U.S. index futures rallied as Japanese stocks soared the most since 2008 amid speculation a selloff that brought global equities into a bear market has gone too far.
Contracts on the Standard & Poor’s 500 Index due in March jumped 0.9 percent to 1,874.75 as of 1:45 p.m. in Tokyo. Japan’s Topix soared more than 7 percent, China’s yuan jumped by the most since a dollar peg ended in 2005, while the yen dropped with gold as haven assets fell out of favor.
“Japan is massively oversold,” said Andrew Clarke, Hong Kong-based director of trading at Mirabaud Asia Ltd. “Everyone is scrambling to get back in. Long-only investors are coming in along with retail and hedge funds. Plus, I would say there’s a lot of short covering going on. Also, U.S. shares rallied and we have China’s market back on today.”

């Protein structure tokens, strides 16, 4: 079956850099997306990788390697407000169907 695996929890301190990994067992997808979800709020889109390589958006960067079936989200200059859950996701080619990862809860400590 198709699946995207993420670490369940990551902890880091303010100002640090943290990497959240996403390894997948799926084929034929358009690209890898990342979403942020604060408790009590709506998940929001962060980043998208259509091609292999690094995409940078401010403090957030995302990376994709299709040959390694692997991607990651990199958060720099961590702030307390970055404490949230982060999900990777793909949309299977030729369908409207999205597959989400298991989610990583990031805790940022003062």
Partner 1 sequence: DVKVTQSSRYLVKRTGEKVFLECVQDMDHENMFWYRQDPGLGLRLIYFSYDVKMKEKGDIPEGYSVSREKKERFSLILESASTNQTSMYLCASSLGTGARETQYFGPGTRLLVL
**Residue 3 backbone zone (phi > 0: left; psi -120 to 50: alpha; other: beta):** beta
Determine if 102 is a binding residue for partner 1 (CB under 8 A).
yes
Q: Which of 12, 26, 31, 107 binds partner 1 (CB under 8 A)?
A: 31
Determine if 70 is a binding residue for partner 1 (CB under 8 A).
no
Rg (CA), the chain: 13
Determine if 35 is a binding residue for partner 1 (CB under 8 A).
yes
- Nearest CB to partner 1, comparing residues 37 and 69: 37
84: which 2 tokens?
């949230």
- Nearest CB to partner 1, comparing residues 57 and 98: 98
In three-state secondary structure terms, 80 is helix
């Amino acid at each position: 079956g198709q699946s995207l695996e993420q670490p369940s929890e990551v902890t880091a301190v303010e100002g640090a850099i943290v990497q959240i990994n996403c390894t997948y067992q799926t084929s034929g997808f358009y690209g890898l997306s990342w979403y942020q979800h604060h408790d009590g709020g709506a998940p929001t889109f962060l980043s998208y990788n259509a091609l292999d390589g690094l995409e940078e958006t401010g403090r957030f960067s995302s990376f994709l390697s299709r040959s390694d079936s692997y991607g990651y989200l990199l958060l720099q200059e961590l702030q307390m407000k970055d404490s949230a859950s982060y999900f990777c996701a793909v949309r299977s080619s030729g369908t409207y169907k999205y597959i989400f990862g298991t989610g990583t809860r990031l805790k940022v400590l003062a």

Equities around the world are rallying after an MSCI gauge of global equities capped a 20 percent slide from a May record last week. The U.S. Federal Reserve acknowledged the volatility around the world and signaled it may delay further monetary tightening. China’s central bank stepped up efforts to restore stability to the nation’s currency and economy, with Governor Zhou Xiaochuan saying there’s no basis for continued yuan depreciation.
Japan’s Topix surged 7.3 percent, the most since October 2008, after a bigger-than-expected decline in fourth-quarter gross domestic product spurred speculation the central bank will boost stimulus. Financial markets in the U.S. and Canada are closed Monday for holidays.
The global rally started Friday with U.S. stocks halting a five-day decline, its longest losing streak since September, as crude prices rebounded and data showed retail sales increased for a third month in January. The S&P 500 rose 2 percent while the Stoxx Europe 600 jumped 2.9 percent.